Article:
Barry Lopez writes about ANSMET 1998-99 in Harper’s

Old USARP air photo of the Graves Nunataks icefield, looking NE.  Note the clouds creeping up from the Ross Ice Shelf to the left, a constant irritant in our attempts to return to the area.

Our field work takes place under conditions that can inspire your soul and test its limits.  Because this work touches us so deeply,  every individual experiences it differently, and quite a few of our veterans feel compelled to write about their ANSMET experiences. Even when you’re standing side-by-side on the ice, facing the wind, the feelings are unique to each of us.  It makes for inspiring and sometimes emotional writing.

Twice we’ve been fortunate enough to host professional authors of significant reknown.  More recently it was Chris Cokinos,  whose ANSMET experiences are beautifully and candidly chronicled in his 2009 book The Fallen Sky.  But Chris wasn’t the first- a decade earlier we hosted Barry Lopez,  whose book Polar Dreams is a key part of the canon for those drawn toward the ends of the Earth.

Barry joined ANSMET because he was interested, the time was right, and the support was there.  He joined us for our first systematic season at Graves Nunatak. It proved to be a challenging season with long delays getting into the field followed by marginal-to-bad weather.  In the end we got only one week of searching out of the 6 weeks planned.

Barry stayed in touch with us for a few years afterwards (longer, I think, with John). We were expectant,  of course, and hints of his ANSMET experiences showed up in some subsequent works. But no opus arrived and after a while we understood (properly)  that the desires of the reader are disconnected from the desires of the writer.   As someone without a strong compulsion to write,  I understand that some experiences can be harmed by efforts to force them into words.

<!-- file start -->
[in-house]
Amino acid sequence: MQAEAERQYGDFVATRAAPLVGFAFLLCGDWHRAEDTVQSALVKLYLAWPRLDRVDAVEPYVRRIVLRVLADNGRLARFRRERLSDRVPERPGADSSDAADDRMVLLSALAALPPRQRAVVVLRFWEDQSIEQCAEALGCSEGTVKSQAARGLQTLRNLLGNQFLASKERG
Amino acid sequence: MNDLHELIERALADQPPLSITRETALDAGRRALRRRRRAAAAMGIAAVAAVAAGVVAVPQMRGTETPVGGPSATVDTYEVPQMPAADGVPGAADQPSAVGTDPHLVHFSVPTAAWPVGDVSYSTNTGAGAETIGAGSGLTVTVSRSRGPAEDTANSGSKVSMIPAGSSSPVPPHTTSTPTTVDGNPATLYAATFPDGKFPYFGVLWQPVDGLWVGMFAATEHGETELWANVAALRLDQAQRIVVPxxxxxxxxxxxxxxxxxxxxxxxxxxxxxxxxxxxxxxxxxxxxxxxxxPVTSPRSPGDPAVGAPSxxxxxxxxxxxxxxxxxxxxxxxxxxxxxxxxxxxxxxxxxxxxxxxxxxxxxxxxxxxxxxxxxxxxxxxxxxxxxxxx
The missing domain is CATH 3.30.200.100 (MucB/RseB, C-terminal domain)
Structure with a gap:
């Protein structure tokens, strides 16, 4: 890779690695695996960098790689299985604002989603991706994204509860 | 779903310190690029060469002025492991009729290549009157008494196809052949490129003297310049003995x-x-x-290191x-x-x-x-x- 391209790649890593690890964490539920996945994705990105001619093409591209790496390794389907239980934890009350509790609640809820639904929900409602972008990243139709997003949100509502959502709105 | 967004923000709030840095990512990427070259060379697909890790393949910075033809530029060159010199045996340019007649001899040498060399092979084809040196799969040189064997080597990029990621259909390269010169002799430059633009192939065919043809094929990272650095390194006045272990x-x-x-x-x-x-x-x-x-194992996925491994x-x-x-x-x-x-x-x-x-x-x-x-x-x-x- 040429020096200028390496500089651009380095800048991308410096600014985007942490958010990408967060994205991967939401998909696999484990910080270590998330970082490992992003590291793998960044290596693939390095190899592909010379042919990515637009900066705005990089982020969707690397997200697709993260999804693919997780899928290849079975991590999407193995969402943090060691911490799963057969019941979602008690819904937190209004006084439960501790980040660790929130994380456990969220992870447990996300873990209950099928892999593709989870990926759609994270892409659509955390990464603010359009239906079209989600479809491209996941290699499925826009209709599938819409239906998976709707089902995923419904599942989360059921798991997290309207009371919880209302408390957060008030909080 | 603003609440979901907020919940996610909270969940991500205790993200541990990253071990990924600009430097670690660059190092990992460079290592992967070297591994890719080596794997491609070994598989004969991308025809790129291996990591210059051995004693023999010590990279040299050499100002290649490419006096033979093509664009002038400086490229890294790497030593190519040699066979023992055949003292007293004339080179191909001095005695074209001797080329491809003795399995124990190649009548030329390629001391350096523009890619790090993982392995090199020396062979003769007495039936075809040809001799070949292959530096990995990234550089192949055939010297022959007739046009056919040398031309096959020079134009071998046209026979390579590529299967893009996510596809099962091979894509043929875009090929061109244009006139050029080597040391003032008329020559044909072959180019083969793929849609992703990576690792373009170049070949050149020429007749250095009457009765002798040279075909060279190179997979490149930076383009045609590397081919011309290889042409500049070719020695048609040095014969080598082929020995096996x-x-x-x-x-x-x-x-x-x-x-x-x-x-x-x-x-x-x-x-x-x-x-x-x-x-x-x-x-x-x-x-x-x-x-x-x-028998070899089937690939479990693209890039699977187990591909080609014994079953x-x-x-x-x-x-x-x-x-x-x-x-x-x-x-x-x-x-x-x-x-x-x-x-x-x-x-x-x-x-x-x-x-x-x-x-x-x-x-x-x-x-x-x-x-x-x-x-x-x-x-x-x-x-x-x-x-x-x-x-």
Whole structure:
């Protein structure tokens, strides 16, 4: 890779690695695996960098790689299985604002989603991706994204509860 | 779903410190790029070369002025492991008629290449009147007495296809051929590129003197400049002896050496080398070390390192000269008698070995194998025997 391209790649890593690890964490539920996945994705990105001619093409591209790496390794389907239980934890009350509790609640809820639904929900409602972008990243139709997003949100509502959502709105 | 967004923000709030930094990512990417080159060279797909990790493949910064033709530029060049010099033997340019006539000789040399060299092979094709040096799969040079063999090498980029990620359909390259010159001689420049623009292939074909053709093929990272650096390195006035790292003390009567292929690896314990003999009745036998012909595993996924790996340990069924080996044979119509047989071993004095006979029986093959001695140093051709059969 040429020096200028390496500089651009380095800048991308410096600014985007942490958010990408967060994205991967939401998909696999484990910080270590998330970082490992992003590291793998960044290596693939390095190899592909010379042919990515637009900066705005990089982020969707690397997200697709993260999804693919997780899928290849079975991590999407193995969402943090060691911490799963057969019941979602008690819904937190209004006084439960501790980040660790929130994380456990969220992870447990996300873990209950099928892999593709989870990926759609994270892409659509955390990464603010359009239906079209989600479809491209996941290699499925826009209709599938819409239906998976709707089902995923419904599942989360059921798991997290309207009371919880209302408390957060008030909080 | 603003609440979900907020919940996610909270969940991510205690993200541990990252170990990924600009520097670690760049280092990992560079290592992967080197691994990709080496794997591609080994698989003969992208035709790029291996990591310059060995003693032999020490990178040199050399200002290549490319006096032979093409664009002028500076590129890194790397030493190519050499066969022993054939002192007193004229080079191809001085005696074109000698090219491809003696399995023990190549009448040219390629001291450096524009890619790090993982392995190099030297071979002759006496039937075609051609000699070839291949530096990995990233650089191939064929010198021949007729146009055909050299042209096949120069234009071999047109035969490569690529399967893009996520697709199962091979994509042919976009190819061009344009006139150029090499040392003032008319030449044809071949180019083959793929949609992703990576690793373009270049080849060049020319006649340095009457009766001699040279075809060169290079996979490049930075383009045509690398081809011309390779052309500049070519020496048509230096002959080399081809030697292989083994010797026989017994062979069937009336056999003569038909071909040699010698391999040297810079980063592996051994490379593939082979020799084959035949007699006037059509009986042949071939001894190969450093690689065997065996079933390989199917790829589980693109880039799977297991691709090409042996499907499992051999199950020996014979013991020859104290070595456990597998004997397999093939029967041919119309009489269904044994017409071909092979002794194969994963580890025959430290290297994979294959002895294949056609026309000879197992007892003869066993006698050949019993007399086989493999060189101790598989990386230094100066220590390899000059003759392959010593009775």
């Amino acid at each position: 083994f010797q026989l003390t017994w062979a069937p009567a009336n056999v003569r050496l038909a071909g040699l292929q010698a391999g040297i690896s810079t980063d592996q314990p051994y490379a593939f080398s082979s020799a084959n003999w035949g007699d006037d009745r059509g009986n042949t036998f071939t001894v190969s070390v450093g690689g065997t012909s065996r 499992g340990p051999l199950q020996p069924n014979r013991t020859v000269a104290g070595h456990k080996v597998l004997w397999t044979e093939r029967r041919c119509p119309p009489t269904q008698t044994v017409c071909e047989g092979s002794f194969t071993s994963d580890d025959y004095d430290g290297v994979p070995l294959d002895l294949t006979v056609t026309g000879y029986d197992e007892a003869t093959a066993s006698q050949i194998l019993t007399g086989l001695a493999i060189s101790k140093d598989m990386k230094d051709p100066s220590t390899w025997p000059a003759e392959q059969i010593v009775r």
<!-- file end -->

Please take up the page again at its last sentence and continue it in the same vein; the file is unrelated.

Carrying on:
Thus I was very pleasantly surprised when representatives from Harper’s Magazine contacted us in October for help adding context to an essay by Barry describing his ANSMET experience 20 years ago.  We (John Schutt, Nancy Chabot and myself) gave them images, fact-checking, and background.  It made me happy that the article was about Barry’s experiences in 1998, not about ANSMET or NASA or NSF or climate change or…..   we were going to feel what he felt. The same experience,  but experienced differently.

That’s all the preamble you’ll get from me.  Read it,  it’s very good.

Barry Lopez’ Polar Light

Note you get only one free read from Harper’s per month… use it wisely.  I’ve asked Harper’s if we can post a PDF, so check back if that’s important to you.


-Ralph from Cleveland, the land of Veiled Sunshine.